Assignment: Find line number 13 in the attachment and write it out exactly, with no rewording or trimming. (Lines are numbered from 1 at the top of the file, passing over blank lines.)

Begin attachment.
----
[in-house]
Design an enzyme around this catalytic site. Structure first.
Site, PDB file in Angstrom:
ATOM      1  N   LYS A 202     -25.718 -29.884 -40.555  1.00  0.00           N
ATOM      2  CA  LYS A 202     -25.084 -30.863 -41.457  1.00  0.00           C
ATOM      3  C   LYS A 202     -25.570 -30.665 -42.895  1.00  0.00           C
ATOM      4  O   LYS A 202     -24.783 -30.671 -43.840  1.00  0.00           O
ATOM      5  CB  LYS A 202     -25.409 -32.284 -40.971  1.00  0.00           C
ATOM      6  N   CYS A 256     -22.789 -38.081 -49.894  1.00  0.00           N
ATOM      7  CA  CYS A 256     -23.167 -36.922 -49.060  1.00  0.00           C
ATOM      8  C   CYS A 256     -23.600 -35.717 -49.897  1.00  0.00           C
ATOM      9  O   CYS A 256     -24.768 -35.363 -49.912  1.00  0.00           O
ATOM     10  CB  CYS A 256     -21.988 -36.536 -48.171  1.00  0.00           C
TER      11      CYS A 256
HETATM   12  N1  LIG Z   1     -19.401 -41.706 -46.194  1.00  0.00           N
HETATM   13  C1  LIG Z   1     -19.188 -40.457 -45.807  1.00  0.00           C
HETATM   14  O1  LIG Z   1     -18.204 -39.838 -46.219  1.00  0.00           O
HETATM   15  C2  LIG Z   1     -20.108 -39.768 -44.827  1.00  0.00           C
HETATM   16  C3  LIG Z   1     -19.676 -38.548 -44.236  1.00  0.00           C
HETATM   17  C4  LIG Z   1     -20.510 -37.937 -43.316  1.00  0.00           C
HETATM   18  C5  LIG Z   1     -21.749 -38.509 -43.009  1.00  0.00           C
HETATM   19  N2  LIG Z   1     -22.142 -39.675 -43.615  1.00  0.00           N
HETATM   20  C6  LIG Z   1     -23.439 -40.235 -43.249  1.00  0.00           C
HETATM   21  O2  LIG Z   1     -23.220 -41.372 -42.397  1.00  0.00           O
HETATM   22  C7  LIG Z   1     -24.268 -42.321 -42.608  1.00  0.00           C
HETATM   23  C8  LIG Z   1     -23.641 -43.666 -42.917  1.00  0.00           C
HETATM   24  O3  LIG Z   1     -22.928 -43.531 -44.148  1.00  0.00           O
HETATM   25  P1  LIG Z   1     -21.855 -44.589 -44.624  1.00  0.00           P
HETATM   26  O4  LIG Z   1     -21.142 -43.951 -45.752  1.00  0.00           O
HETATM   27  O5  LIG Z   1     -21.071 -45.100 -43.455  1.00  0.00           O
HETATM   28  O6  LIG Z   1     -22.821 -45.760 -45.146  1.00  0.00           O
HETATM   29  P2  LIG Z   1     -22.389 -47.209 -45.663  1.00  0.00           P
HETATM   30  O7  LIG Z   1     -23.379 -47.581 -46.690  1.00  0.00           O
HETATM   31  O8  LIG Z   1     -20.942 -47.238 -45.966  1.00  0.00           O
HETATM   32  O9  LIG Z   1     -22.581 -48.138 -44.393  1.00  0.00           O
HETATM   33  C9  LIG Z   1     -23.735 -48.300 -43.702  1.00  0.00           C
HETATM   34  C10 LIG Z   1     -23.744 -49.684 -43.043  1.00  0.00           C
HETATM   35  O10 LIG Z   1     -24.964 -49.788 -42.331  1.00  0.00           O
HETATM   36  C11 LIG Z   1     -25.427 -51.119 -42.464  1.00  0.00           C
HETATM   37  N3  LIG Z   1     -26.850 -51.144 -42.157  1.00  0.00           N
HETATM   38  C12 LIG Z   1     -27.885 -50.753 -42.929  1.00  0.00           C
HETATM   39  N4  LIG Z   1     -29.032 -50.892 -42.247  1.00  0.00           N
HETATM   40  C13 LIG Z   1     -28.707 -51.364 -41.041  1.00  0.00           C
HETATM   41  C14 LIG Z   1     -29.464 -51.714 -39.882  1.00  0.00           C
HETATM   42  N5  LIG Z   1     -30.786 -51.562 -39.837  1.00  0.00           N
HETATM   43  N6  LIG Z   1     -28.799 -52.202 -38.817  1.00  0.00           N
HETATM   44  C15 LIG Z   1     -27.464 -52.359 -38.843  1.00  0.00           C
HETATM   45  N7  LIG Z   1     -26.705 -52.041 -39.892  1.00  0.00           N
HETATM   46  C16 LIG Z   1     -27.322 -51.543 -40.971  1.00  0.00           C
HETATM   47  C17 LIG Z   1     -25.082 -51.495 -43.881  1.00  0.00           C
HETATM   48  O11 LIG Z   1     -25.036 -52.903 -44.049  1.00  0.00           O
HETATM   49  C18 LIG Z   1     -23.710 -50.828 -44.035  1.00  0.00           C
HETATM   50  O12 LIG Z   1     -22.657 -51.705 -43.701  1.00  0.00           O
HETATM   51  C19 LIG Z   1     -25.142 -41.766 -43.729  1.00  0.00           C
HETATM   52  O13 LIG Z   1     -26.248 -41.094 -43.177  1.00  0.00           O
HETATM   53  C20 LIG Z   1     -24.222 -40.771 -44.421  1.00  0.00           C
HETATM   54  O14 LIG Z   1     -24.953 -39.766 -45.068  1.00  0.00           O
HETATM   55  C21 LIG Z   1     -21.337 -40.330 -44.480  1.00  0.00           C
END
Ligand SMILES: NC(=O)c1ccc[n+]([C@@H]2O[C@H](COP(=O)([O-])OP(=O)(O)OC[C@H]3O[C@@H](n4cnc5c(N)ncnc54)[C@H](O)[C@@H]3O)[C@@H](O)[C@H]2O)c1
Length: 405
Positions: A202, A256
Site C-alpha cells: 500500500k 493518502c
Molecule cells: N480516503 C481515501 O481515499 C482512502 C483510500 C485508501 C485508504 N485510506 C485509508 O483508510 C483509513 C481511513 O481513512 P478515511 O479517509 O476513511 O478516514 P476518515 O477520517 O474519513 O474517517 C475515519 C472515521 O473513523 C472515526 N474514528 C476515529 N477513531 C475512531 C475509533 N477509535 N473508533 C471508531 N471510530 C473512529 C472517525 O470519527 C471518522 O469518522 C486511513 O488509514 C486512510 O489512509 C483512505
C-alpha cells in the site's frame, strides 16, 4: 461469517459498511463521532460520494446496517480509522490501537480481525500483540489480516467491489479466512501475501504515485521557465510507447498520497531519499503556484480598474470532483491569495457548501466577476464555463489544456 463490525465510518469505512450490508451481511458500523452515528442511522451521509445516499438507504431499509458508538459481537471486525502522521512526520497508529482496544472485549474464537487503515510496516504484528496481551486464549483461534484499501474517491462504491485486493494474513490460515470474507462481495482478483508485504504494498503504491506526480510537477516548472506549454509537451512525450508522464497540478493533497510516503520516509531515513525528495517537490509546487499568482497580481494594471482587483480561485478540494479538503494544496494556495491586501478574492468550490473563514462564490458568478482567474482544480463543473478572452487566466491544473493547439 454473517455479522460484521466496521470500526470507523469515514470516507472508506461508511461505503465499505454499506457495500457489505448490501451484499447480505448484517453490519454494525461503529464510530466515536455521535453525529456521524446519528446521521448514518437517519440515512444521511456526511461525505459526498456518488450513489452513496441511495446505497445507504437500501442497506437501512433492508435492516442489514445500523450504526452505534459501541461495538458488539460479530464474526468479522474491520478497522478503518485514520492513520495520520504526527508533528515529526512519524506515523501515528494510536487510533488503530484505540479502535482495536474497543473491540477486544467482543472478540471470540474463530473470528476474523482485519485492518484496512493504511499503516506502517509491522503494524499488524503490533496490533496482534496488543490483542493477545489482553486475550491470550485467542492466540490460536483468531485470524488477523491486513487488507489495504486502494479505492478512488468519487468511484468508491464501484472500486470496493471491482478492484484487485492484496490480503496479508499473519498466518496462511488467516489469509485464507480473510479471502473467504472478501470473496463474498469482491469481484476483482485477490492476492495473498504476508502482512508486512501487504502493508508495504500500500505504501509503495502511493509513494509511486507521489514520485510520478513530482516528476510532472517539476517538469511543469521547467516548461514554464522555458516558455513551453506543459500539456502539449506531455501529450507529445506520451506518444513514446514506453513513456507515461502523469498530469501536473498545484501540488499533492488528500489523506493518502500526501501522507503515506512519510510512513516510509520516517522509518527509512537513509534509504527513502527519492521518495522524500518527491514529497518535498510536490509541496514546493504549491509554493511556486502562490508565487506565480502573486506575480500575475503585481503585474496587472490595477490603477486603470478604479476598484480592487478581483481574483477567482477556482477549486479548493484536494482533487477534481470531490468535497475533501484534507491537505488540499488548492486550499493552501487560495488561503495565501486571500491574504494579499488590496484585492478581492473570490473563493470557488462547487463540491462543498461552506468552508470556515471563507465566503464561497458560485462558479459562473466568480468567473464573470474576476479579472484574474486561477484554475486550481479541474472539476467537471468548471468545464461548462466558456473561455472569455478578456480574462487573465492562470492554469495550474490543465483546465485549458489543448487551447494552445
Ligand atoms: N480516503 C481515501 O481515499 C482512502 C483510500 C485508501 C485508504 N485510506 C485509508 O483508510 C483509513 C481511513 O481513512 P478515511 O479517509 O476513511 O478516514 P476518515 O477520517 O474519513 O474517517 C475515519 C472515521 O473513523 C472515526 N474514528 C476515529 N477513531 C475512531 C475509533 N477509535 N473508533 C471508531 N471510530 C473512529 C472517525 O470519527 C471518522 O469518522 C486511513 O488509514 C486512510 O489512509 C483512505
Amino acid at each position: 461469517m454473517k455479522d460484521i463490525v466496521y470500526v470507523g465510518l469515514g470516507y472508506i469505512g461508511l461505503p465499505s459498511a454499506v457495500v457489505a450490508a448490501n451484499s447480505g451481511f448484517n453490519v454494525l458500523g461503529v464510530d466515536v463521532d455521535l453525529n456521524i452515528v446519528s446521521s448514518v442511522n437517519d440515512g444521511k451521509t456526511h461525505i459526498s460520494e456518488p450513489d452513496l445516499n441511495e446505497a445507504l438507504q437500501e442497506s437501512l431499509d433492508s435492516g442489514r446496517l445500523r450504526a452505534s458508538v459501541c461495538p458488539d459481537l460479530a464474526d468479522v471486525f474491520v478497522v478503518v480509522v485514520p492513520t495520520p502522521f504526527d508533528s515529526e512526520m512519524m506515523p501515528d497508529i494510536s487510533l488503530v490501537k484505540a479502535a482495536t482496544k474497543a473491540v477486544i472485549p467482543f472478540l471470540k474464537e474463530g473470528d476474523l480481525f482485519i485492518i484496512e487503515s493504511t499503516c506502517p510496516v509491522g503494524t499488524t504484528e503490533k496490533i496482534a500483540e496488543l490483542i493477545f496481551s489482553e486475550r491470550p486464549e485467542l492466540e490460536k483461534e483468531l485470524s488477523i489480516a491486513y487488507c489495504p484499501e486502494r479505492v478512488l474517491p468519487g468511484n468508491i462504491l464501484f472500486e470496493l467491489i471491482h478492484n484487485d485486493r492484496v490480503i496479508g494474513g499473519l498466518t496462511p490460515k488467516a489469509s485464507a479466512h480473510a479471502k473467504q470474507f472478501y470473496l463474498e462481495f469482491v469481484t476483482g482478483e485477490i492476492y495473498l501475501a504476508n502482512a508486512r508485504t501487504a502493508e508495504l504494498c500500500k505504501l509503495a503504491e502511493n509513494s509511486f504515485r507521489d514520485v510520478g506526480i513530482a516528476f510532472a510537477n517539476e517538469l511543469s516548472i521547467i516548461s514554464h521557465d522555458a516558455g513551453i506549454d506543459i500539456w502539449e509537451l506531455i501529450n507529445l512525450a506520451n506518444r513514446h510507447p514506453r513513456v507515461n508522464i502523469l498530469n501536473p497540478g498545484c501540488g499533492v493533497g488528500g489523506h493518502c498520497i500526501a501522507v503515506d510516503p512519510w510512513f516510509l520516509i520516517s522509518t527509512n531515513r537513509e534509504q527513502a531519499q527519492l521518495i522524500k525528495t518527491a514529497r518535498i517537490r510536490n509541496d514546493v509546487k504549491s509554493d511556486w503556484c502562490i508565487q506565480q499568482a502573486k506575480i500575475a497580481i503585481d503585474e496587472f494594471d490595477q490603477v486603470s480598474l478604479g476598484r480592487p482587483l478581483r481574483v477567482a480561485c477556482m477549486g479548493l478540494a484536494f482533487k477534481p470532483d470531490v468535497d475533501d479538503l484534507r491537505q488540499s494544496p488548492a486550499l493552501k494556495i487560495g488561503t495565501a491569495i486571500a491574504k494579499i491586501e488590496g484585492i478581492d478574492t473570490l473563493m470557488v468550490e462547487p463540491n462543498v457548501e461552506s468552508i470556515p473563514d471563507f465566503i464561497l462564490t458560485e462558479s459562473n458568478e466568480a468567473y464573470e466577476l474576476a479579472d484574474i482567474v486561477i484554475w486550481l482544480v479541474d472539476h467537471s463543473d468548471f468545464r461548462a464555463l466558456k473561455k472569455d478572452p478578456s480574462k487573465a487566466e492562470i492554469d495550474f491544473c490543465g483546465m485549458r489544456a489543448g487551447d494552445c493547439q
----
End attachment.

ATOM     10  CB  CYS A 256     -21.988 -36.536 -48.171  1.00  0.00           C